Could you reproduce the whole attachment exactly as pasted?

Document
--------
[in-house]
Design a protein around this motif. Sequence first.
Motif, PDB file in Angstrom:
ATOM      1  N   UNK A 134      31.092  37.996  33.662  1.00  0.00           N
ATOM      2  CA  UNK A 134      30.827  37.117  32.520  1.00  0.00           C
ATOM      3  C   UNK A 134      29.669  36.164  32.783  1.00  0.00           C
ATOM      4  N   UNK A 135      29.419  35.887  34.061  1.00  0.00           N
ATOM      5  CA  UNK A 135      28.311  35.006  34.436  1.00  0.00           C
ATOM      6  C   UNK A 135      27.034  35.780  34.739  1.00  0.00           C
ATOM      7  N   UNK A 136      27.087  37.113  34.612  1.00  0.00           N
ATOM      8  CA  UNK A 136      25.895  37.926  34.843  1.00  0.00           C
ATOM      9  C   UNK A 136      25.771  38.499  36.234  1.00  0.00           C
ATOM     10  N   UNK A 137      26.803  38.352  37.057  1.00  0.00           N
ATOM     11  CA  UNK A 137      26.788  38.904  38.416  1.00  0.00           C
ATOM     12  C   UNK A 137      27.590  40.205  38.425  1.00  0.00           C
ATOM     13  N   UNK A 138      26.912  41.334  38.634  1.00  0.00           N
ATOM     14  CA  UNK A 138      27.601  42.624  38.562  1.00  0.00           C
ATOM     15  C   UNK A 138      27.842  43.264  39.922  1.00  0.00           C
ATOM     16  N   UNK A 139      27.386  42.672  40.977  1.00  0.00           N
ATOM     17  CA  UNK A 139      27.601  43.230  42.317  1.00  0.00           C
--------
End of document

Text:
[in-house]
Design a protein around this motif. Sequence first.
Motif, PDB file in Angstrom:
ATOM      1  N   UNK A 134      31.092  37.996  33.662  1.00  0.00           N
ATOM      2  CA  UNK A 134      30.827  37.117  32.520  1.00  0.00           C
ATOM      3  C   UNK A 134      29.669  36.164  32.783  1.00  0.00           C
ATOM      4  N   UNK A 135      29.419  35.887  34.061  1.00  0.00           N
ATOM      5  CA  UNK A 135      28.311  35.006  34.436  1.00  0.00           C
ATOM      6  C   UNK A 135      27.034  35.780  34.739  1.00  0.00           C
ATOM      7  N   UNK A 136      27.087  37.113  34.612  1.00  0.00           N
ATOM      8  CA  UNK A 136      25.895  37.926  34.843  1.00  0.00           C
ATOM      9  C   UNK A 136      25.771  38.499  36.234  1.00  0.00           C
ATOM     10  N   UNK A 137      26.803  38.352  37.057  1.00  0.00           N
ATOM     11  CA  UNK A 137      26.788  38.904  38.416  1.00  0.00           C
ATOM     12  C   UNK A 137      27.590  40.205  38.425  1.00  0.00           C
ATOM     13  N   UNK A 138      26.912  41.334  38.634  1.00  0.00           N
ATOM     14  CA  UNK A 138      27.601  42.624  38.562  1.00  0.00           C
ATOM     15  C   UNK A 138      27.842  43.264  39.922  1.00  0.00           C
ATOM     16  N   UNK A 139      27.386  42.672  40.977  1.00  0.00           N
ATOM     17  CA  UNK A 139      27.601  43.230  42.317  1.00  0.00           C